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Wednesday, March 23, 2011
U.S., U.K. teachers stay on to help care for evacuees
TANOHATA, Iwate Pref. (Kyodo) Three English teachers from the United States and Britain have earned the thanks of evacuees at a shelter in Iwate Prefecture after deciding to stay in the area to offer their help.
The three men's relatives suggested they leave Japan for home, but they chose to work at a shelter in the village of Tanohata, helping to move things and cook meals for several hundred evacuees because they like the community.
Victor Kochaphum, 29, originally from the United States, was an assistant English teacher at the elementary and junior high schools in the village.
He felt the impact of the powerful March 11 earthquake shortly after having lunch in the nearby city of Miyako with countryman Kevin Blake, 33, and Paul Dixon, 24, who is from Britain. Blake and Dixon are assistant high school English teachers in Miyako.
The three evacuated to a friend's place, but while watching TV news about the massive damage to the community they felt they should do something to help people affected by the disaster.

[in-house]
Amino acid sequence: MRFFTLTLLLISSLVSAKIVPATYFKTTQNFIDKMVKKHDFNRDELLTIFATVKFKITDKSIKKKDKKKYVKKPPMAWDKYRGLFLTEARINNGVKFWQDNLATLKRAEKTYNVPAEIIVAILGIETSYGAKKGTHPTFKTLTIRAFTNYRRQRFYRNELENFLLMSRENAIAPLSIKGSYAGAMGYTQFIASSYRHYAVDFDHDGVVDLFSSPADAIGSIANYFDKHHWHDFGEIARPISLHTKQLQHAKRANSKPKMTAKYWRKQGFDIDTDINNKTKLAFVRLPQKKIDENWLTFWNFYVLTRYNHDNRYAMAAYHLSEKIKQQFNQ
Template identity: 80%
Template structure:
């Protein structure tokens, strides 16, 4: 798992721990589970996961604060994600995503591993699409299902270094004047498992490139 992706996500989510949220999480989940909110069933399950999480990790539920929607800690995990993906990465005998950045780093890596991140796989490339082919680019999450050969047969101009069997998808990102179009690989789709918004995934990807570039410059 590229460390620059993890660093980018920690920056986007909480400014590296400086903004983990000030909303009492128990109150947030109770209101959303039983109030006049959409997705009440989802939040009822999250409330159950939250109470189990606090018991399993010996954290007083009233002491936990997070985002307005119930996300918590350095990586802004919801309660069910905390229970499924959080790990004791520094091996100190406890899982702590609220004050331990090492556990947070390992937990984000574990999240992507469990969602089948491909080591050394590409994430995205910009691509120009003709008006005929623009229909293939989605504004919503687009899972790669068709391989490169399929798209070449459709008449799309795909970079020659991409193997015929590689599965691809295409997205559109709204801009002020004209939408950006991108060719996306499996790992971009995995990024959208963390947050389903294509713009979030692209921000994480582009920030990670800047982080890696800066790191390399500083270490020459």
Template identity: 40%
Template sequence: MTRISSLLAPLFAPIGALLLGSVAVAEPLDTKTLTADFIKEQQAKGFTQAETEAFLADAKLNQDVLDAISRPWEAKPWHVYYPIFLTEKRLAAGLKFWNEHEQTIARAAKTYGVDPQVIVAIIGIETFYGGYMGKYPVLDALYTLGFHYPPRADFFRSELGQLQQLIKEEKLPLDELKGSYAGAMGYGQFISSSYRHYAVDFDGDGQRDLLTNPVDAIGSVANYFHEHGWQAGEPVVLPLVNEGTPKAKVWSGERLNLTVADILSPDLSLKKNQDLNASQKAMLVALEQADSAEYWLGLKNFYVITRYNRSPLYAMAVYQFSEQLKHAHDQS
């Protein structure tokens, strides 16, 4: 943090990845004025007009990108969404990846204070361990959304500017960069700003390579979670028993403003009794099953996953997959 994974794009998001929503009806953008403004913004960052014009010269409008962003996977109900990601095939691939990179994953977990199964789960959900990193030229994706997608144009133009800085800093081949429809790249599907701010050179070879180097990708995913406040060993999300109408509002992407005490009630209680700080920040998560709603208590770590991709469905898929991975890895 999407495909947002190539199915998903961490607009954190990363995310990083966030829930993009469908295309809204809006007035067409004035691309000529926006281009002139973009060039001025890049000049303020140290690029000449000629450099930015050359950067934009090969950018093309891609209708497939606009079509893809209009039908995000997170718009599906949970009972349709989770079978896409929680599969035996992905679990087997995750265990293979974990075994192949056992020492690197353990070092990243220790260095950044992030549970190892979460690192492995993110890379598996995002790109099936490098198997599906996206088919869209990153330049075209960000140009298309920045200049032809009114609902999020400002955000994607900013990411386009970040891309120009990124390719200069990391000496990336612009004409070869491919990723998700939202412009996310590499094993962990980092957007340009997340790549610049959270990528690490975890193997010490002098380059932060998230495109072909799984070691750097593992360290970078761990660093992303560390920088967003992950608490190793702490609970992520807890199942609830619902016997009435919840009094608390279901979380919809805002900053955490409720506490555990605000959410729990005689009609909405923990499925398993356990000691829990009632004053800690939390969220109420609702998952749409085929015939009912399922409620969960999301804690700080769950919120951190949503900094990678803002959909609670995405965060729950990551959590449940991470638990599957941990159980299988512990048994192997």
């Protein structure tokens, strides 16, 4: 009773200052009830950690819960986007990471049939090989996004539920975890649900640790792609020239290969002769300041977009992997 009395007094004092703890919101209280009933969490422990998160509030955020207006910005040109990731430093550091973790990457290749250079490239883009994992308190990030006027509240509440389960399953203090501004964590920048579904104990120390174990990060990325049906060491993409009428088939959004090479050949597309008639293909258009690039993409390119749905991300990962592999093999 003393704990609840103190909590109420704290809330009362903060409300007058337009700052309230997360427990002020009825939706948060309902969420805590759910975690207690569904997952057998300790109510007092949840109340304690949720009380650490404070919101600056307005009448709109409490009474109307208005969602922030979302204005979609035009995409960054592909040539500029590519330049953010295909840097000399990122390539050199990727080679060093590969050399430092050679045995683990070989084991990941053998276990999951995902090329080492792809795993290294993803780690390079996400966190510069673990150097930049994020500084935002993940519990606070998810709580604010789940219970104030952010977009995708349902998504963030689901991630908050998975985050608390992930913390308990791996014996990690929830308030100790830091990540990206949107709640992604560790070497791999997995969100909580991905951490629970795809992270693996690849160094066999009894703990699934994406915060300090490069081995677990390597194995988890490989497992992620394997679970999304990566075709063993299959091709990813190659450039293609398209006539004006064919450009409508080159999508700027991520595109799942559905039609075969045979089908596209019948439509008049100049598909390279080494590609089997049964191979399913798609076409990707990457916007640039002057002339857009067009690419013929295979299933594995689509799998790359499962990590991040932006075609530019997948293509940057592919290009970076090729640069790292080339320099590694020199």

Seiko Ogata, 60, a cooking instructor at the shelter's kitchen, expressed her thanks for the trio's contribution. "It is a tough job to make meals for several hundred evacuees. They are really helpful, as they hold the heavy pans and pots for me."
"Teacher Victor!" cried Ryosei Saito, 13, from Tanohata Junior High School, rushing to greet him at the shelter. "I was worried about you as I heard you had gone to Miyako. I'm glad to see you again."
"I'm relieved to see one of my students," Kochaphum said.
It is not known when schools will start up again. Blake said in fluent Japanese: "The community is firm and the whole town is like a family. I want to stay here and am ready to do my utmost to help people."
A majority of foreigners left stranded in the aftermath of the disaster have been without sufficient language assistance, which is vital to gaining access to relief supplies.